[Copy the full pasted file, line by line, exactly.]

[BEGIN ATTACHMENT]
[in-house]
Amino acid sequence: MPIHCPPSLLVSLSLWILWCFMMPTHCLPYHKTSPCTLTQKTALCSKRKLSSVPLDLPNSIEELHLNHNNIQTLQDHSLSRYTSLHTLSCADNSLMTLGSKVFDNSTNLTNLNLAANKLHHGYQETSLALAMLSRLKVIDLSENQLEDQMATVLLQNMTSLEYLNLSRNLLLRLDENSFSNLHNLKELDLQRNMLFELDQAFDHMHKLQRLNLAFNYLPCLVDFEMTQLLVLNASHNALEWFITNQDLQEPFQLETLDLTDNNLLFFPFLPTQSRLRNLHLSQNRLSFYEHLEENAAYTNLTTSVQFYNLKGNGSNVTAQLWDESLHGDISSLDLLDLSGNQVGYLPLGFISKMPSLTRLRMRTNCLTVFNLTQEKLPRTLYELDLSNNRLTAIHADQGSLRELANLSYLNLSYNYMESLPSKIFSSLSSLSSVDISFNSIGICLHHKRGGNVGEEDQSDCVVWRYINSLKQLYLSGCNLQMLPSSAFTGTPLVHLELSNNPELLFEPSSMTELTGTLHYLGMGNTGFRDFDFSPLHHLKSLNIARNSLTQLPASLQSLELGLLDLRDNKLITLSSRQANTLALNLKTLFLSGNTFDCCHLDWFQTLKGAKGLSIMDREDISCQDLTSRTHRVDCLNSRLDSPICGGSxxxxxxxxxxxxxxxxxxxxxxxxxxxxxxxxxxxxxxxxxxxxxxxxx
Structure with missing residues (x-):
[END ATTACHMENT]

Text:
[in-house]
Amino acid sequence: MPIHCPPSLLVSLSLWILWCFMMPTHCLPYHKTSPCTLTQKTALCSKRKLSSVPLDLPNSIEELHLNHNNIQTLQDHSLSRYTSLHTLSCADNSLMTLGSKVFDNSTNLTNLNLAANKLHHGYQETSLALAMLSRLKVIDLSENQLEDQMATVLLQNMTSLEYLNLSRNLLLRLDENSFSNLHNLKELDLQRNMLFELDQAFDHMHKLQRLNLAFNYLPCLVDFEMTQLLVLNASHNALEWFITNQDLQEPFQLETLDLTDNNLLFFPFLPTQSRLRNLHLSQNRLSFYEHLEENAAYTNLTTSVQFYNLKGNGSNVTAQLWDESLHGDISSLDLLDLSGNQVGYLPLGFISKMPSLTRLRMRTNCLTVFNLTQEKLPRTLYELDLSNNRLTAIHADQGSLRELANLSYLNLSYNYMESLPSKIFSSLSSLSSVDISFNSIGICLHHKRGGNVGEEDQSDCVVWRYINSLKQLYLSGCNLQMLPSSAFTGTPLVHLELSNNPELLFEPSSMTELTGTLHYLGMGNTGFRDFDFSPLHHLKSLNIARNSLTQLPASLQSLELGLLDLRDNKLITLSSRQANTLALNLKTLFLSGNTFDCCHLDWFQTLKGAKGLSIMDREDISCQDLTSRTHRVDCLNSRLDSPICGGSxxxxxxxxxxxxxxxxxxxxxxxxxxxxxxxxxxxxxxxxxxxxxxxxx
Structure with missing residues (x-):